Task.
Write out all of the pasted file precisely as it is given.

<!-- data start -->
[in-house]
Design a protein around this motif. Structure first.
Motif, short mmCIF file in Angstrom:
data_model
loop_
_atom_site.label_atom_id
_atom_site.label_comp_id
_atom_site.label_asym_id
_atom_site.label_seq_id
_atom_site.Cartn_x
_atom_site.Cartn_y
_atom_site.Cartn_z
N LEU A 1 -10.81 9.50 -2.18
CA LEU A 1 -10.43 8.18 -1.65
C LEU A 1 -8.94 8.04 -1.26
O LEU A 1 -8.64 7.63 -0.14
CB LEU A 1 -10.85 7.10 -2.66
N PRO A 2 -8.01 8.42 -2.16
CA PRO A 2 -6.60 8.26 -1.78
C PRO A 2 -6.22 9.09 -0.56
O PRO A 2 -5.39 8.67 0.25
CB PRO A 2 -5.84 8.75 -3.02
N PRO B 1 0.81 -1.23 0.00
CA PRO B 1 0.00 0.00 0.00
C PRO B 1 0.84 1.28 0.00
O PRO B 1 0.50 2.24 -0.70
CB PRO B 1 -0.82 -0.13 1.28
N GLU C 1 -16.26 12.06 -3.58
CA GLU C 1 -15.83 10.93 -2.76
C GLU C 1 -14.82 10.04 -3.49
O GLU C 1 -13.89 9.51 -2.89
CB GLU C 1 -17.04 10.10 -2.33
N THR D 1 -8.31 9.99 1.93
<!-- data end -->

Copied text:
[in-house]
Design a protein around this motif. Structure first.
Motif, short mmCIF file in Angstrom:
data_model
loop_
_atom_site.label_atom_id
_atom_site.label_comp_id
_atom_site.label_asym_id
_atom_site.label_seq_id
_atom_site.Cartn_x
_atom_site.Cartn_y
_atom_site.Cartn_z
N LEU A 1 -10.81 9.50 -2.18
CA LEU A 1 -10.43 8.18 -1.65
C LEU A 1 -8.94 8.04 -1.26
O LEU A 1 -8.64 7.63 -0.14
CB LEU A 1 -10.85 7.10 -2.66
N PRO A 2 -8.01 8.42 -2.16
CA PRO A 2 -6.60 8.26 -1.78
C PRO A 2 -6.22 9.09 -0.56
O PRO A 2 -5.39 8.67 0.25
CB PRO A 2 -5.84 8.75 -3.02
N PRO B 1 0.81 -1.23 0.00
CA PRO B 1 0.00 0.00 0.00
C PRO B 1 0.84 1.28 0.00
O PRO B 1 0.50 2.24 -0.70
CB PRO B 1 -0.82 -0.13 1.28
N GLU C 1 -16.26 12.06 -3.58
CA GLU C 1 -15.83 10.93 -2.76
C GLU C 1 -14.82 10.04 -3.49
O GLU C 1 -13.89 9.51 -2.89
CB GLU C 1 -17.04 10.10 -2.33
N THR D 1 -8.31 9.99 1.93